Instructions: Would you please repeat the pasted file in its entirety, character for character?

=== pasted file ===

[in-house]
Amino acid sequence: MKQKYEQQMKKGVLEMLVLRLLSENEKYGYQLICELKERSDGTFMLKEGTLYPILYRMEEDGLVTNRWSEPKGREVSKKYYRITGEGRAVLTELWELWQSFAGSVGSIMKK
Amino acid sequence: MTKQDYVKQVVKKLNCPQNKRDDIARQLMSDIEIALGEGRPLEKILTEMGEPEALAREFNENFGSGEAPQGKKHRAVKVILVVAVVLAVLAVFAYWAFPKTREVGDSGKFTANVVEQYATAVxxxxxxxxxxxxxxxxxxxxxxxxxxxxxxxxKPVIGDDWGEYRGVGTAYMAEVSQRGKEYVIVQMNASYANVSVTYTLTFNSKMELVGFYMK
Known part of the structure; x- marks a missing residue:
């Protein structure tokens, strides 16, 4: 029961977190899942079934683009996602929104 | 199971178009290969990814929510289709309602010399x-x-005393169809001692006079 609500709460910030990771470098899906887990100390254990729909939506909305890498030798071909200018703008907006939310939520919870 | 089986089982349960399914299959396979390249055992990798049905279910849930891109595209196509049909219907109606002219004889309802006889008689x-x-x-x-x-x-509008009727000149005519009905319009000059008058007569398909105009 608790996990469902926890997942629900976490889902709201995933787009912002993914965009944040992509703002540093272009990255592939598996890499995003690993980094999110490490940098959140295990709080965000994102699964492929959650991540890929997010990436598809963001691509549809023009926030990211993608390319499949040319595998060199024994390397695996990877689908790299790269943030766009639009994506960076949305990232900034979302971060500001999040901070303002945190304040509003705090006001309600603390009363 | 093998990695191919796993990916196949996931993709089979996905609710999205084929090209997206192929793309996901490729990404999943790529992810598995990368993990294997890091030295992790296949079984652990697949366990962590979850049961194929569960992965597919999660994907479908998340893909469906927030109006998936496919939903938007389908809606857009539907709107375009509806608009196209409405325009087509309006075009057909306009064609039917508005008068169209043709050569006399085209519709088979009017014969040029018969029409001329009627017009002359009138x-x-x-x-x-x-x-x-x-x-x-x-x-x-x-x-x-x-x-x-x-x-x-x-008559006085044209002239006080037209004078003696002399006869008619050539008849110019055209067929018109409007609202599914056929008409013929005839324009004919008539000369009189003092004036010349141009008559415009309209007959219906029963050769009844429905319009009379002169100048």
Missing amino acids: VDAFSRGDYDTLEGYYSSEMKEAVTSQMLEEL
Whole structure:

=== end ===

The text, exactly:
[in-house]
Amino acid sequence: MKQKYEQQMKKGVLEMLVLRLLSENEKYGYQLICELKERSDGTFMLKEGTLYPILYRMEEDGLVTNRWSEPKGREVSKKYYRITGEGRAVLTELWELWQSFAGSVGSIMKK
Amino acid sequence: MTKQDYVKQVVKKLNCPQNKRDDIARQLMSDIEIALGEGRPLEKILTEMGEPEALAREFNENFGSGEAPQGKKHRAVKVILVVAVVLAVLAVFAYWAFPKTREVGDSGKFTANVVEQYATAVxxxxxxxxxxxxxxxxxxxxxxxxxxxxxxxxKPVIGDDWGEYRGVGTAYMAEVSQRGKEYVIVQMNASYANVSVTYTLTFNSKMELVGFYMK
Known part of the structure; x- marks a missing residue:
């Protein structure tokens, strides 16, 4: 029961977190899942079934683009996602929104 | 199971178009290969990814929510289709309602010399x-x-005393169809001692006079 609500709460910030990771470098899906887990100390254990729909939506909305890498030798071909200018703008907006939310939520919870 | 089986089982349960399914299959396979390249055992990798049905279910849930891109595209196509049909219907109606002219004889309802006889008689x-x-x-x-x-x-509008009727000149005519009905319009000059008058007569398909105009 608790996990469902926890997942629900976490889902709201995933787009912002993914965009944040992509703002540093272009990255592939598996890499995003690993980094999110490490940098959140295990709080965000994102699964492929959650991540890929997010990436598809963001691509549809023009926030990211993608390319499949040319595998060199024994390397695996990877689908790299790269943030766009639009994506960076949305990232900034979302971060500001999040901070303002945190304040509003705090006001309600603390009363 | 093998990695191919796993990916196949996931993709089979996905609710999205084929090209997206192929793309996901490729990404999943790529992810598995990368993990294997890091030295992790296949079984652990697949366990962590979850049961194929569960992965597919999660994907479908998340893909469906927030109006998936496919939903938007389908809606857009539907709107375009509806608009196209409405325009087509309006075009057909306009064609039917508005008068169209043709050569006399085209519709088979009017014969040029018969029409001329009627017009002359009138x-x-x-x-x-x-x-x-x-x-x-x-x-x-x-x-x-x-x-x-x-x-x-x-008559006085044209002239006080037209004078003696002399006869008619050539008849110019055209067929018109409007609202599914056929008409013929005839324009004919008539000369009189003092004036010349141009008559415009309209007959219906029963050769009844429905319009009379002169100048």
Missing amino acids: VDAFSRGDYDTLEGYYSSEMKEAVTSQMLEEL
Whole structure: